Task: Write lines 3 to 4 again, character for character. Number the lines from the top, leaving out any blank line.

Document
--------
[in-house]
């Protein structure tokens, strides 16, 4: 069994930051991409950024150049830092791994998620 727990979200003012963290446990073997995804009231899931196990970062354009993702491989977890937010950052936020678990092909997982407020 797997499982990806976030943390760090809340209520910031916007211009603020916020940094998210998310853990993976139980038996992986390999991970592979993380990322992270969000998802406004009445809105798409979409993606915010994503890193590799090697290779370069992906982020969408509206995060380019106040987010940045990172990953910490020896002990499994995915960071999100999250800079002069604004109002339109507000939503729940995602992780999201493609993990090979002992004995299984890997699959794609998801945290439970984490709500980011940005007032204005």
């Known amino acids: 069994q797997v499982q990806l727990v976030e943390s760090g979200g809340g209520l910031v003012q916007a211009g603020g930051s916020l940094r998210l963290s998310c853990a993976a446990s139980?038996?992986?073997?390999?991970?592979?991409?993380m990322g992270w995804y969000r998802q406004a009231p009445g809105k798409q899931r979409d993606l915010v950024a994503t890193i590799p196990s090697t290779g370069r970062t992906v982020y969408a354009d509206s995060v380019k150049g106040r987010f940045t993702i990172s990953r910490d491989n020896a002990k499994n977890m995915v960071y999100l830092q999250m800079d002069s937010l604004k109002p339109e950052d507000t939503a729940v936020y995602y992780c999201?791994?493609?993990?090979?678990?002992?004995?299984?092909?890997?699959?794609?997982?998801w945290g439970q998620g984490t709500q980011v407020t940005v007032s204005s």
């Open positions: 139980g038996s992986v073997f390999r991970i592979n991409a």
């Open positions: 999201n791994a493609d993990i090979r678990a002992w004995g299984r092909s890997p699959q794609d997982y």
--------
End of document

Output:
């Known amino acids: 069994q797997v499982q990806l727990v976030e943390s760090g979200g809340g209520l910031v003012q916007a211009g603020g930051s916020l940094r998210l963290s998310c853990a993976a446990s139980?038996?992986?073997?390999?991970?592979?991409?993380m990322g992270w995804y969000r998802q406004a009231p009445g809105k798409q899931r979409d993606l915010v950024a994503t890193i590799p196990s090697t290779g370069r970062t992906v982020y969408a354009d509206s995060v380019k150049g106040r987010f940045t993702i990172s990953r910490d491989n020896a002990k499994n977890m995915v960071y999100l830092q999250m800079d002069s937010l604004k109002p339109e950052d507000t939503a729940v936020y995602y992780c999201?791994?493609?993990?090979?678990?002992?004995?299984?092909?890997?699959?794609?997982?998801w945290g439970q998620g984490t709500q980011v407020t940005v007032s204005s």
């Open positions: 139980g038996s992986v073997f390999r991970i592979n991409a």